Americans are loud.
What I wanted most when I left the airport yesterday was a big dish of ice cream: I'd been suffering from a sore throat the entire ride home, with water and juice hard to come by unless the stewardess showed up, and ice cream is so delicious on a sore throat. 

So, we stopped at the first oasis on the toll road and toodled inside to the local Baskin Robbins. I stood up at the glass case and contemplated the 31 flavours (peanut butter ice cream? chocolate? vanilla?). Then out of the blue, a man beside me bawled something to his girlfriend. He was standing close enough that I and his girlfriend could have heard a loud whisper, but his near-yell startled me and probably half the oasis as well. Today, I walked into the mall with two guys fifty feet behind me. In tones that carried across half the parking lot, they assured each other how hungry they were and how they had skipped breakfast this morning. 

Europeans are more likely, though not always, to adjust their voice for whoever is around them. (There are exceptions: Sports and music are two of them.) In the Metro, for instance, it would be impossible to make out someone's conversation from opposite sides of the same car, let alone from fifty feet away. Europeans believe that Americans are "loud"; it's one of the first stereotypes that they list. It's true. We are.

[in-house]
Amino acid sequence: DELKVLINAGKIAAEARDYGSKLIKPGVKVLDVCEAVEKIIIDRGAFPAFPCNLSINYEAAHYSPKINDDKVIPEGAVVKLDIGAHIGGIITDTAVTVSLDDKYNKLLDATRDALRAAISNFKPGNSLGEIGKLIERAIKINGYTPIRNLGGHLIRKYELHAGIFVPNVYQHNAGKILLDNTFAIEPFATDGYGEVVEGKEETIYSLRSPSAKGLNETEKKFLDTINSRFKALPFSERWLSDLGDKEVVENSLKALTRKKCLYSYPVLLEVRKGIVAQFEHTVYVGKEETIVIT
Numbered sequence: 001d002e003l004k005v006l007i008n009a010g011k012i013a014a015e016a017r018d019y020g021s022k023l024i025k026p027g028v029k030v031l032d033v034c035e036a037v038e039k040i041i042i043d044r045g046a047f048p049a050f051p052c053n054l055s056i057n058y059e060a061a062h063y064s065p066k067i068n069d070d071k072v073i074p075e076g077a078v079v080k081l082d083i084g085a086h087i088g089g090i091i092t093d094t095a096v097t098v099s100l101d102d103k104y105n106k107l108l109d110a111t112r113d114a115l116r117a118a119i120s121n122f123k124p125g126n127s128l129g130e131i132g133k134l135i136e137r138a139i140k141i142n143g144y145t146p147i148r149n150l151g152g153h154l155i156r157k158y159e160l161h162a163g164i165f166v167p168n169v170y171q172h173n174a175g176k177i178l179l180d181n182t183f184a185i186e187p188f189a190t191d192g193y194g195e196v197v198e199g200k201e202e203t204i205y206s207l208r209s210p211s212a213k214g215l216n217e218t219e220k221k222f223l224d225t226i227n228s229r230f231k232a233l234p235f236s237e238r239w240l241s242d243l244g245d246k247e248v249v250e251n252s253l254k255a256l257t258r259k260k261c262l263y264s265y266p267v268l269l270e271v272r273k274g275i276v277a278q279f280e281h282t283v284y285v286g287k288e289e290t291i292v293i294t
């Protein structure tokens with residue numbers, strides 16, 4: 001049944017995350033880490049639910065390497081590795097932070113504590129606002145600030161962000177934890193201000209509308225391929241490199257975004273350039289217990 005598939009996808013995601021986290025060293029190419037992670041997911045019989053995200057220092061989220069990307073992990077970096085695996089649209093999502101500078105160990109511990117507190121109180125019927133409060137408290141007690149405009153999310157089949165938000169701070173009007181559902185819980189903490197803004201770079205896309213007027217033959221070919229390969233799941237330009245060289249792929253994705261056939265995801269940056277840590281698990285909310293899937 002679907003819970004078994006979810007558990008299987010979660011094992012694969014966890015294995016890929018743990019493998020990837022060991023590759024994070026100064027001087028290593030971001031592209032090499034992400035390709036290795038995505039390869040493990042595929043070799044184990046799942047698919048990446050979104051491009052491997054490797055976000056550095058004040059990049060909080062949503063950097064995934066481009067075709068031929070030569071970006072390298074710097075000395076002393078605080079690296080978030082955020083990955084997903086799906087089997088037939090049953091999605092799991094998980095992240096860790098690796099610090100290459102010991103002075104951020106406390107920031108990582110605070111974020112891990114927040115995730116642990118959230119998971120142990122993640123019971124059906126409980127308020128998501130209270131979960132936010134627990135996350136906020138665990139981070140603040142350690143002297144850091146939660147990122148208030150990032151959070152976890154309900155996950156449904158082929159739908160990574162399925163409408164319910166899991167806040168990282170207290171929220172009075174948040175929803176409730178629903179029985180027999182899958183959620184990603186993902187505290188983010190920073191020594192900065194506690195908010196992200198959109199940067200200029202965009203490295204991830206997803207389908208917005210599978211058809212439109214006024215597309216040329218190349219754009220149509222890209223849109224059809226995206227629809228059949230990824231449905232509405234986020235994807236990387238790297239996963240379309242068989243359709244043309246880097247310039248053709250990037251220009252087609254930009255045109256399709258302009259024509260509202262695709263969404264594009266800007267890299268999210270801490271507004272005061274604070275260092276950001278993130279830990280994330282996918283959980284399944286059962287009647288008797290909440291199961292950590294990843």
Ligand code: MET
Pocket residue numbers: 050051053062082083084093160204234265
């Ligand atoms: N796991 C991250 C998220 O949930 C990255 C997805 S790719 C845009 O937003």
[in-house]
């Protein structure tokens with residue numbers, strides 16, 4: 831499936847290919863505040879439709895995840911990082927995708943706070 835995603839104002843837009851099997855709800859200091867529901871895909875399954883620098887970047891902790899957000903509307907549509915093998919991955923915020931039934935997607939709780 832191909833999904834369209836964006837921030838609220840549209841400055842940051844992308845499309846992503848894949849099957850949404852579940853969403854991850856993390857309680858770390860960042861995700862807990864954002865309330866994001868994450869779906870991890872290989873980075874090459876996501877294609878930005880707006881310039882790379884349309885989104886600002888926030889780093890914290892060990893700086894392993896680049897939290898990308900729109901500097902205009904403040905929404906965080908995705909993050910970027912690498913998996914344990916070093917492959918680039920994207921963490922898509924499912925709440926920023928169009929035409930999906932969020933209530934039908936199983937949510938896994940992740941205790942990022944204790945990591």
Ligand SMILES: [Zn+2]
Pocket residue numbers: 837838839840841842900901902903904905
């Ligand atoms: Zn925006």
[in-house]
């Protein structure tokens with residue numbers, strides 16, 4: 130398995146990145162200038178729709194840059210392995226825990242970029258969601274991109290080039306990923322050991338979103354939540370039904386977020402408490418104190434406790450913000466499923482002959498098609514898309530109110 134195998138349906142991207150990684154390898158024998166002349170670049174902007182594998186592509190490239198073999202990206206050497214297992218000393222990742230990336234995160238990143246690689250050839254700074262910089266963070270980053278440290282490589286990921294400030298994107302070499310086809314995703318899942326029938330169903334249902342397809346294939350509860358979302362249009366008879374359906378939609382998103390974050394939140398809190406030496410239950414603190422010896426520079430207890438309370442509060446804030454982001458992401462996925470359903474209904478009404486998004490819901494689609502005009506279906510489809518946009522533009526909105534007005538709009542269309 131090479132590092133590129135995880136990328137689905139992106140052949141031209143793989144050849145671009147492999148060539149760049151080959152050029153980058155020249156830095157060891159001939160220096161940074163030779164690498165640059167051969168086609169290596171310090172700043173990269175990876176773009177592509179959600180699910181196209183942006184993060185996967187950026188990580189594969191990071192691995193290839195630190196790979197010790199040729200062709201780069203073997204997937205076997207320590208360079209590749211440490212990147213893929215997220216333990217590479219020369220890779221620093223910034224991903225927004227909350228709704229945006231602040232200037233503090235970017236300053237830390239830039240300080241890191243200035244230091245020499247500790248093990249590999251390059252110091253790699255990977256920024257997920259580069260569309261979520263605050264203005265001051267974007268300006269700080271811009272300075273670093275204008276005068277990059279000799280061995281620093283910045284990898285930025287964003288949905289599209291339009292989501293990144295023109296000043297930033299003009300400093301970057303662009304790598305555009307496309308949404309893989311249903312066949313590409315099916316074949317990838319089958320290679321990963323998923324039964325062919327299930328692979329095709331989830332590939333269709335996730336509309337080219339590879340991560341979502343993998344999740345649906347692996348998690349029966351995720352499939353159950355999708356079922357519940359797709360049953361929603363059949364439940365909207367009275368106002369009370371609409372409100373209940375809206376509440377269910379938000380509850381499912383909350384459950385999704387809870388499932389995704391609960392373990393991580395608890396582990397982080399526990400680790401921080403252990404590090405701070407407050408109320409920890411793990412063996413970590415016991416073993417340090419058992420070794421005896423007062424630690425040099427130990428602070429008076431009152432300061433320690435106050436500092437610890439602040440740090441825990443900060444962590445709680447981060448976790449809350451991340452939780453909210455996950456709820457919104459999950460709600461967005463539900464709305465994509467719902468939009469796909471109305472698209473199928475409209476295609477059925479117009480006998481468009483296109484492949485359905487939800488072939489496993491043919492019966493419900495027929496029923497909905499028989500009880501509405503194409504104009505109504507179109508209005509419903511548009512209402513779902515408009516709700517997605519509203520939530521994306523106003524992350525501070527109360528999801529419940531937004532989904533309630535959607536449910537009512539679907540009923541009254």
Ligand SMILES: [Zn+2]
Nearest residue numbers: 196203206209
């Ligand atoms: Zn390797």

Don't take English for granted.
About a week before I left the Czech Republic, I had to travel by train to a town two hours from Prague. My train was delayed, and then at the very first stop, every traveler got booted off the train for what was (to me) an incomprehensible reason: The conductor came on and spoke some Czech, and the only two words I recognized were "bus" and "stop". Everyone got off, and so I followed them off and then . . . stood in the middle of a train station with an overstuffed backpack at my feet, like a lost puppy. 

I tried to ask about a new train, but the ticket lady spoke no English and no German, and I spoke no Czech. We spoke our native language s l o w l y. We gestured at each other. We wrote stuff down. We cupped our hands behind our ears. We tried one-word sentences. I finally got a new ticket and information on when the next train left, but I have a feeling I didn't need the  new ticket. And I still don't know why the train stopped in the first place.